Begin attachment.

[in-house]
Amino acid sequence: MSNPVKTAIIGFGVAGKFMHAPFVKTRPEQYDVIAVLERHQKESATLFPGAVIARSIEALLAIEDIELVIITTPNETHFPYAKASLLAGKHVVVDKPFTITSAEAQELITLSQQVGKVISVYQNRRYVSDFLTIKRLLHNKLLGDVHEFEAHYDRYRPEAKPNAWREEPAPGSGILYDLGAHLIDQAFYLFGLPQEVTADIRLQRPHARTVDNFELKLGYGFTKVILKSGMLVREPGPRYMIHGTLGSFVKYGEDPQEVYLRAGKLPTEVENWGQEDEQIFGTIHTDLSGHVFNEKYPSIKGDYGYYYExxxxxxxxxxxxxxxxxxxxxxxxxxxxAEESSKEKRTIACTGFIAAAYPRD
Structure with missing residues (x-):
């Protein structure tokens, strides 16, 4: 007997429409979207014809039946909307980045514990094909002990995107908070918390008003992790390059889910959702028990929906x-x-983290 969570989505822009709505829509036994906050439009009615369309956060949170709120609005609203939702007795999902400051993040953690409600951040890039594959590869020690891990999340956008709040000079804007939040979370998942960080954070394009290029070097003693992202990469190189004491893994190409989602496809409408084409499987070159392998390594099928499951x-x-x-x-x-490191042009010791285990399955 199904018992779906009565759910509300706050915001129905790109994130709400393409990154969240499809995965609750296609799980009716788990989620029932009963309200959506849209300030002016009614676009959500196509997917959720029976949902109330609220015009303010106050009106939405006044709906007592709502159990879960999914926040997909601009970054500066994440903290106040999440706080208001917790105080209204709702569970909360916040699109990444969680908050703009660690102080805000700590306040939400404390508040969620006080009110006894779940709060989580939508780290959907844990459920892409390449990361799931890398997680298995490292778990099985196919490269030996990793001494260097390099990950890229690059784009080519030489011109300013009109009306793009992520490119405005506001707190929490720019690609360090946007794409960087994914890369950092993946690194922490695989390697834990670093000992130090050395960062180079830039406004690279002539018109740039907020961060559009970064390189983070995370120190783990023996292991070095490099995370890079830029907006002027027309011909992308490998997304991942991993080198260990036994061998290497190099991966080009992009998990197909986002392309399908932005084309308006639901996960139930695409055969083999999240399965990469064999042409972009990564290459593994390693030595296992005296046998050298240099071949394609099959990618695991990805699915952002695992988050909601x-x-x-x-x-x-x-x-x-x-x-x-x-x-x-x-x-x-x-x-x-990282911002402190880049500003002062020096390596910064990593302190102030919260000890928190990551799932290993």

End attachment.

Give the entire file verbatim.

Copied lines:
[in-house]
Amino acid sequence: MSNPVKTAIIGFGVAGKFMHAPFVKTRPEQYDVIAVLERHQKESATLFPGAVIARSIEALLAIEDIELVIITTPNETHFPYAKASLLAGKHVVVDKPFTITSAEAQELITLSQQVGKVISVYQNRRYVSDFLTIKRLLHNKLLGDVHEFEAHYDRYRPEAKPNAWREEPAPGSGILYDLGAHLIDQAFYLFGLPQEVTADIRLQRPHARTVDNFELKLGYGFTKVILKSGMLVREPGPRYMIHGTLGSFVKYGEDPQEVYLRAGKLPTEVENWGQEDEQIFGTIHTDLSGHVFNEKYPSIKGDYGYYYExxxxxxxxxxxxxxxxxxxxxxxxxxxxAEESSKEKRTIACTGFIAAAYPRD
Structure with missing residues (x-):
């Protein structure tokens, strides 16, 4: 007997429409979207014809039946909307980045514990094909002990995107908070918390008003992790390059889910959702028990929906x-x-983290 969570989505822009709505829509036994906050439009009615369309956060949170709120609005609203939702007795999902400051993040953690409600951040890039594959590869020690891990999340956008709040000079804007939040979370998942960080954070394009290029070097003693992202990469190189004491893994190409989602496809409408084409499987070159392998390594099928499951x-x-x-x-x-490191042009010791285990399955 199904018992779906009565759910509300706050915001129905790109994130709400393409990154969240499809995965609750296609799980009716788990989620029932009963309200959506849209300030002016009614676009959500196509997917959720029976949902109330609220015009303010106050009106939405006044709906007592709502159990879960999914926040997909601009970054500066994440903290106040999440706080208001917790105080209204709702569970909360916040699109990444969680908050703009660690102080805000700590306040939400404390508040969620006080009110006894779940709060989580939508780290959907844990459920892409390449990361799931890398997680298995490292778990099985196919490269030996990793001494260097390099990950890229690059784009080519030489011109300013009109009306793009992520490119405005506001707190929490720019690609360090946007794409960087994914890369950092993946690194922490695989390697834990670093000992130090050395960062180079830039406004690279002539018109740039907020961060559009970064390189983070995370120190783990023996292991070095490099995370890079830029907006002027027309011909992308490998997304991942991993080198260990036994061998290497190099991966080009992009998990197909986002392309399908932005084309308006639901996960139930695409055969083999999240399965990469064999042409972009990564290459593994390693030595296992005296046998050298240099071949394609099959990618695991990805699915952002695992988050909601x-x-x-x-x-x-x-x-x-x-x-x-x-x-x-x-x-x-x-x-x-990282911002402190880049500003002062020096390596910064990593302190102030919260000890928190990551799932290993």